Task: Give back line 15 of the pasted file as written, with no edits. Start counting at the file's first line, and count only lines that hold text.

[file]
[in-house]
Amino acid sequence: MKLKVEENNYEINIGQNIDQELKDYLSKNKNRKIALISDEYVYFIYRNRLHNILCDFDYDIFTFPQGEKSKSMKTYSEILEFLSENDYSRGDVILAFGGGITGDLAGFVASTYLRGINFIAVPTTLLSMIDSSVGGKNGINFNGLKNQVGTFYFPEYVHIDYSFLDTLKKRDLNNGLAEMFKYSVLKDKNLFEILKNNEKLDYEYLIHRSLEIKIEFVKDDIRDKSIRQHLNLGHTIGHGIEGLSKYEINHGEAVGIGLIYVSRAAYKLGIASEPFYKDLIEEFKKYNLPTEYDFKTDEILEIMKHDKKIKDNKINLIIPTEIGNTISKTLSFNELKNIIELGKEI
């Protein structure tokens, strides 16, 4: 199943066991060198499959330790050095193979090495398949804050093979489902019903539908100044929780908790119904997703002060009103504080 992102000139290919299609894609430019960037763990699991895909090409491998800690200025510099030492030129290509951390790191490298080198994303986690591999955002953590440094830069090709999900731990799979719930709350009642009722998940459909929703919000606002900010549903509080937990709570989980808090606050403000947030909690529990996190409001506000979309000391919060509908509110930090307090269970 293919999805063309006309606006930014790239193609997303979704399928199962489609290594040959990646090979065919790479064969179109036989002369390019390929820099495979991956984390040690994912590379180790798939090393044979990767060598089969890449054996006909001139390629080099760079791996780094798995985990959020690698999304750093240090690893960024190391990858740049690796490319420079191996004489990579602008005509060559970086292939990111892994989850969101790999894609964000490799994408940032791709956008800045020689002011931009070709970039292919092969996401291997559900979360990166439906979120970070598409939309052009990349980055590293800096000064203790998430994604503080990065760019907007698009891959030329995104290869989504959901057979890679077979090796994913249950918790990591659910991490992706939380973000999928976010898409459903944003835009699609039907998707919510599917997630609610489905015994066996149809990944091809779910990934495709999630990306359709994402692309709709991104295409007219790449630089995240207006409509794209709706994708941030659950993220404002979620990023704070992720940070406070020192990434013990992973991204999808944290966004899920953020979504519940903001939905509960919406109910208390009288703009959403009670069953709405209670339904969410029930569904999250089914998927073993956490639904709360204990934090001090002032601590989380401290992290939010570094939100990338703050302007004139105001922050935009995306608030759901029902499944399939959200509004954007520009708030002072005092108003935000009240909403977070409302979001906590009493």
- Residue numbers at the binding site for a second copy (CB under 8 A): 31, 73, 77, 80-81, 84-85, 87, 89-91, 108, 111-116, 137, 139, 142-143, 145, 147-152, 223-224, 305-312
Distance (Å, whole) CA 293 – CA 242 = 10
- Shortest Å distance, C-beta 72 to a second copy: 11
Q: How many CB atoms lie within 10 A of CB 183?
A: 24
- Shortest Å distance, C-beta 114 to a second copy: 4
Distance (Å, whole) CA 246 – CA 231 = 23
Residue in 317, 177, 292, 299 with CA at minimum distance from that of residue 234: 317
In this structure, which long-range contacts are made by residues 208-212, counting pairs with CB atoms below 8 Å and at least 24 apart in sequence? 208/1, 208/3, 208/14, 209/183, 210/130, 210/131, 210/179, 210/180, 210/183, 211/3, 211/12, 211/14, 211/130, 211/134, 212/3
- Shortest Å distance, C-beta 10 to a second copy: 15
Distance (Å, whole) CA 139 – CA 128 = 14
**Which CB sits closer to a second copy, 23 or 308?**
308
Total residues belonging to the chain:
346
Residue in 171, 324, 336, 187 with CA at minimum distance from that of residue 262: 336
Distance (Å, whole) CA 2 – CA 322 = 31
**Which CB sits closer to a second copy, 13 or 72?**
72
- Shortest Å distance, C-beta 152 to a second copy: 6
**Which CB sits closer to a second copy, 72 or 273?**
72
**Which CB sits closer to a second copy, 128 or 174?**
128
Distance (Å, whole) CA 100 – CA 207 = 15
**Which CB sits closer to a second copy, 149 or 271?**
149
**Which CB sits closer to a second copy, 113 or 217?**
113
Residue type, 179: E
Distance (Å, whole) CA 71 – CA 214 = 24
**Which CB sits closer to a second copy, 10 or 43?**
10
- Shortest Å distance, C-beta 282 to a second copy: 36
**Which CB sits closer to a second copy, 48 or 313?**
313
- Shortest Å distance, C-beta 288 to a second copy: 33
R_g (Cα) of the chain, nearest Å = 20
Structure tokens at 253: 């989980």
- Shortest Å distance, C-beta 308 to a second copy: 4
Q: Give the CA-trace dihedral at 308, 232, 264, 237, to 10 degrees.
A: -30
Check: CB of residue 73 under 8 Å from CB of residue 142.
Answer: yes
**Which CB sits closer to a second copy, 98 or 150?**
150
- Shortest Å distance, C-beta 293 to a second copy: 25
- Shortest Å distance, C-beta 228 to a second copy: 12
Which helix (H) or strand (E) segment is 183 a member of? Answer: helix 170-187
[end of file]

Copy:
**Which CB sits closer to a second copy, 23 or 308?**